Heraclius was a great man, but a dirty old man

The Emperor Heraclius is someone who more people should know. He saved the Byzantine Empire before it truly became the Byzantine Empire in a mature form. When he took power the Persians were on the march, and ruled vast swaths of the Asian and African possessions of the East Roman Empire. Theodore of Tarsus, one of the early Archbishops of Canterbury, grew up under Persian rule. Like Hannibal’s early victories Heraclius’ defeat of the Persians is a tour de force of strategic brilliance. I’ll leave it to the reader to find out why themselves (I recommend A History of the Byzantine State and Society to any reader).

But this post is inspired by pop-culture. People are talking about nephew-aunt relations right now. As it happens Heraclius’ second wife was his niece, Martina. Here is something I found on Wikipedia: “He had two children with Fabia and at least nine with Martina, most of whom were sickly children…Fabius (Flavius) had a paralyzed neck and Theodosios, who was a deaf-mute….” The history of this period can be patchy and unreliable. So I’m not sure there were nine children and most were sickly…but probably inbreeding was causing some serious issues.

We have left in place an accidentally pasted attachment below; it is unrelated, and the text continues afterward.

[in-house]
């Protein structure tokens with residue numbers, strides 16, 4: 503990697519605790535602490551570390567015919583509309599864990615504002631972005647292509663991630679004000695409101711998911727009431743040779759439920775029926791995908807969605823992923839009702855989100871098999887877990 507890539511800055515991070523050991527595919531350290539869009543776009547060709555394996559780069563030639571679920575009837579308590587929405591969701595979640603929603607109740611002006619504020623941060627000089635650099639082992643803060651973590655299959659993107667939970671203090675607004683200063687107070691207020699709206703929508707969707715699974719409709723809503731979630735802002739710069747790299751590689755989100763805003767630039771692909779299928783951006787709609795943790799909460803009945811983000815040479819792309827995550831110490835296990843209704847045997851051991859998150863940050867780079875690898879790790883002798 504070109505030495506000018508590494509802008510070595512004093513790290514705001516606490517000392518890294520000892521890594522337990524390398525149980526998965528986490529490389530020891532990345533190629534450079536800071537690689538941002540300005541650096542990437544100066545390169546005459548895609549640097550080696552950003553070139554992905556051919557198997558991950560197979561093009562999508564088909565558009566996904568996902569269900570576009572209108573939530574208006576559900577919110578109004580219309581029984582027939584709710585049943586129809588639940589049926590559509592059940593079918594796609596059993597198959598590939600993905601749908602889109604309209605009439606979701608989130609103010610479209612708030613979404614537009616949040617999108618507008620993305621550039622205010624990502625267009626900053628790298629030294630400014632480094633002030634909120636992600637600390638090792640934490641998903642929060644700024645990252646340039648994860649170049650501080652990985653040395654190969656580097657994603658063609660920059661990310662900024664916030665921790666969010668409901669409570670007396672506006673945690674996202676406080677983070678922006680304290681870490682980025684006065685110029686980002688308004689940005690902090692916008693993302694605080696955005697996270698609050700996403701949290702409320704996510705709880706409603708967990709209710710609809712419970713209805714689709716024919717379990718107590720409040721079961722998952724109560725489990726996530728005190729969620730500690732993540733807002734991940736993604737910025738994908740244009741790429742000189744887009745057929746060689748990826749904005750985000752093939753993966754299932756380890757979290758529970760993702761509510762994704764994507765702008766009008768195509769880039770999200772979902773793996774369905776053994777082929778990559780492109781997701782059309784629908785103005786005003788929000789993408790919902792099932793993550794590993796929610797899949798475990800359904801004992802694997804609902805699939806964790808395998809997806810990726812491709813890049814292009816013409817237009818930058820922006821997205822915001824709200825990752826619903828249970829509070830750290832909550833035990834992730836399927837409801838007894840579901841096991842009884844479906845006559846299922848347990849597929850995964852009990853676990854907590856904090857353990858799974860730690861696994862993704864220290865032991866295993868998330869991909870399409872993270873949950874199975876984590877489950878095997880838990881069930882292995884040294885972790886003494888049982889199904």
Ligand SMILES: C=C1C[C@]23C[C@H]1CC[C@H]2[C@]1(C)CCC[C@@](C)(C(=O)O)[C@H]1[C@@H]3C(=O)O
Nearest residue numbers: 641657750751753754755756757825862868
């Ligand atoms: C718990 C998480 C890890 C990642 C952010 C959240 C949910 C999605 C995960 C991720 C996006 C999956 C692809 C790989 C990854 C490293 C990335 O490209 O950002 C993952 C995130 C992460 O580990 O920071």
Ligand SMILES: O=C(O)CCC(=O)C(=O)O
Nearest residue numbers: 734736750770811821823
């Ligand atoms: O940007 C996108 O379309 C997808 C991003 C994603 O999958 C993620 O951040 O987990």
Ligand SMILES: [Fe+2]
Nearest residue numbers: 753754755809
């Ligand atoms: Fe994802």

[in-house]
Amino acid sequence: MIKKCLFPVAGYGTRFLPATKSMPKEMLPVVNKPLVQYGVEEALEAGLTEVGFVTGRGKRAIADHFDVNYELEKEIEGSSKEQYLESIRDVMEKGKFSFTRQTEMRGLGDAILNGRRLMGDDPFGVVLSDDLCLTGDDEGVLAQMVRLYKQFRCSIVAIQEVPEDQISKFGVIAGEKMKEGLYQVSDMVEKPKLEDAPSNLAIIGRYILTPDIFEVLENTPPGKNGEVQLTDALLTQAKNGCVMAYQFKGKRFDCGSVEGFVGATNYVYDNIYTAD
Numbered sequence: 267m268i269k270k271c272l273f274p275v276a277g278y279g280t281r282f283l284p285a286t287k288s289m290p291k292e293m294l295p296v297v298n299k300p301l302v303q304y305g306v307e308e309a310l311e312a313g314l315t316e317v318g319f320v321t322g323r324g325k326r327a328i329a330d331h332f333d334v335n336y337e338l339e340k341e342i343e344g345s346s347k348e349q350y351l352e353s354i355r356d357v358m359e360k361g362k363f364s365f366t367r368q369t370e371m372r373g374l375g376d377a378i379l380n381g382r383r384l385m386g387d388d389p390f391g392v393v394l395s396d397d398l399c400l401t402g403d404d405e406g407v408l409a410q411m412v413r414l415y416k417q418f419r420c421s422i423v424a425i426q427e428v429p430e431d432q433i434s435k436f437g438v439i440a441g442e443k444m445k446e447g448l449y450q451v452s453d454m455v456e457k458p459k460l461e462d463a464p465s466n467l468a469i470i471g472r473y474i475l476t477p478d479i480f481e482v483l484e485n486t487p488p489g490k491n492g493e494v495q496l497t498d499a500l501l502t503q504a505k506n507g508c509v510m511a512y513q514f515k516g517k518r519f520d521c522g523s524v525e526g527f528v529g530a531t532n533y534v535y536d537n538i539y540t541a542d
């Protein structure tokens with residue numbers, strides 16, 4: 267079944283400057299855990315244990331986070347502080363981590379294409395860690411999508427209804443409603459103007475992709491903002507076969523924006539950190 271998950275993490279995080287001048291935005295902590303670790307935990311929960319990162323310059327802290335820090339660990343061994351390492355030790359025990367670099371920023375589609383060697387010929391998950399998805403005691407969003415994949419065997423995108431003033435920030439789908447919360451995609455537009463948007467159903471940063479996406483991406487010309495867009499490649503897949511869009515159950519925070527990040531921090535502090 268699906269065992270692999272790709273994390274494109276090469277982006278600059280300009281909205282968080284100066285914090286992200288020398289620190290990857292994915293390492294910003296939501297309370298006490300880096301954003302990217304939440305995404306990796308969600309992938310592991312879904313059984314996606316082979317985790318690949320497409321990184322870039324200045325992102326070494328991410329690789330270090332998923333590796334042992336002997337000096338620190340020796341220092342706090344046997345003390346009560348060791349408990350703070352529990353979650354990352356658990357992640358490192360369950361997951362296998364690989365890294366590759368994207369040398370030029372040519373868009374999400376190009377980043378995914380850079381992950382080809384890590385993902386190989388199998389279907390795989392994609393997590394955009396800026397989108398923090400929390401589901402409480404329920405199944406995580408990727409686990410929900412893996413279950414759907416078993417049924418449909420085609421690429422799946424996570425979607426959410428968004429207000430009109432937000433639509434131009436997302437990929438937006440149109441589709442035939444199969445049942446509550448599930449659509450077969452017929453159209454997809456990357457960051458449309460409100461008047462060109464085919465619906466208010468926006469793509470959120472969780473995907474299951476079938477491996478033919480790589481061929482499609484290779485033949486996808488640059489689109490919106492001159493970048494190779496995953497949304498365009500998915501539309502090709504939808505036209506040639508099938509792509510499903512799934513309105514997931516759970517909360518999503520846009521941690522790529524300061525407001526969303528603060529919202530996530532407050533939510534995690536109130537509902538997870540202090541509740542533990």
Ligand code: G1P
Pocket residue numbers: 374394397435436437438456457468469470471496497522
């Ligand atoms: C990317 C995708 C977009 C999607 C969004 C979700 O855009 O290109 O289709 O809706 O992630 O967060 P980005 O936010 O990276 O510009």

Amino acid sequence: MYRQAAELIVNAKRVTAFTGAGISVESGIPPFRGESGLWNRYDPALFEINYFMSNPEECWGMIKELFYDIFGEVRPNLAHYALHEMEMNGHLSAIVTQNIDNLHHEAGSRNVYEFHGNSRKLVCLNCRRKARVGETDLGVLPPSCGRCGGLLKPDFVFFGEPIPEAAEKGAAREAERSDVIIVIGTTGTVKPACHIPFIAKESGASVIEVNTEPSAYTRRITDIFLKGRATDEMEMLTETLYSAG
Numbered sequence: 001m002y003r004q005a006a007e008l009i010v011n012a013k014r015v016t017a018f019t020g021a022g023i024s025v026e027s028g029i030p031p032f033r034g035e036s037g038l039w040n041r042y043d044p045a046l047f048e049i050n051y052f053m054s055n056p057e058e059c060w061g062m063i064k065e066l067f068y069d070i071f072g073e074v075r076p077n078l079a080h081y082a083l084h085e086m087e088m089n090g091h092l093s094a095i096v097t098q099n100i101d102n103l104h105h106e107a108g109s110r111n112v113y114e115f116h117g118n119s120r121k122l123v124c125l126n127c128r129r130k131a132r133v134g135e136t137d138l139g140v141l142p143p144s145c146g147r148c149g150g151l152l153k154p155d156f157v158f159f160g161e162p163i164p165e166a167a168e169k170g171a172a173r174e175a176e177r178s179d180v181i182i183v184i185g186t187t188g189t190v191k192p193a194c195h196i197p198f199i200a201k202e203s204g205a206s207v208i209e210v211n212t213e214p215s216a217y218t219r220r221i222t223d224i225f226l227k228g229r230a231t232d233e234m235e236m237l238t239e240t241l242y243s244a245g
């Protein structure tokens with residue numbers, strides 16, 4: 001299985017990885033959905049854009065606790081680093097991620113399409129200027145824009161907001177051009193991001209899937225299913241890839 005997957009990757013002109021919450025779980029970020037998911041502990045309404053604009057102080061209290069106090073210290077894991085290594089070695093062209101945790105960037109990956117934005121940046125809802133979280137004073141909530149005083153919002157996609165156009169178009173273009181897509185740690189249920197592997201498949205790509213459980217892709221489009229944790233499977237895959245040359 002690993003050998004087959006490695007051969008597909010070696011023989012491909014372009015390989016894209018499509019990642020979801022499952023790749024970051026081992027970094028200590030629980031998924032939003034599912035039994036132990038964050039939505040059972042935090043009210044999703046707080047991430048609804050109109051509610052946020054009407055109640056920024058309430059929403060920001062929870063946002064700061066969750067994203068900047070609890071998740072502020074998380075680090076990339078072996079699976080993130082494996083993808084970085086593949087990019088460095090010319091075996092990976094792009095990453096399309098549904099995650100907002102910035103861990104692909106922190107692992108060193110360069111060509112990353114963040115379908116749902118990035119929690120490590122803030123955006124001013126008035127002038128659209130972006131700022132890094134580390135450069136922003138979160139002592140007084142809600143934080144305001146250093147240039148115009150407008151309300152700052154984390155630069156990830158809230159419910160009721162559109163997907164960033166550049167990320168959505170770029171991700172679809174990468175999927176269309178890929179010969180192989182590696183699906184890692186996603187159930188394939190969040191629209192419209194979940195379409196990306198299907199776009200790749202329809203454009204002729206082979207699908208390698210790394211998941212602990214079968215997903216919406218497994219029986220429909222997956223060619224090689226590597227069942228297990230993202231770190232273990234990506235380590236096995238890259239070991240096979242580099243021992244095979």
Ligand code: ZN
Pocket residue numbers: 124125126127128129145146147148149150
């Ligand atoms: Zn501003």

3 thoughts on “Heraclius was a great man, but a dirty old man

  1. The Greeks didn’t approve of the union either. It was remembered as infamous up to Nicephorus if not beyond.

    When the heir to the throne (not Martina’s) Constantine III died a few months after his father, it was widely believed that Martina had something to do with it. Her own son Flavius Constantinus Heraclius became emperor but he was mocked as Heraclonas – they meant it as “little Heraclius”, but we can call him HeraClone because, genetically, he kind of was.

    HeraClone didn’t last long either. There was a mutiny and the mutineers lopped off HeraClone’s nose.

  2. Was there some pre-existing inbreeding going on? That sounds pretty bad for a single uncle-niece pairing. It took multiple generations of inbreeding in the Spanish Habsburgs to get someone as screwed-up as Charles II.

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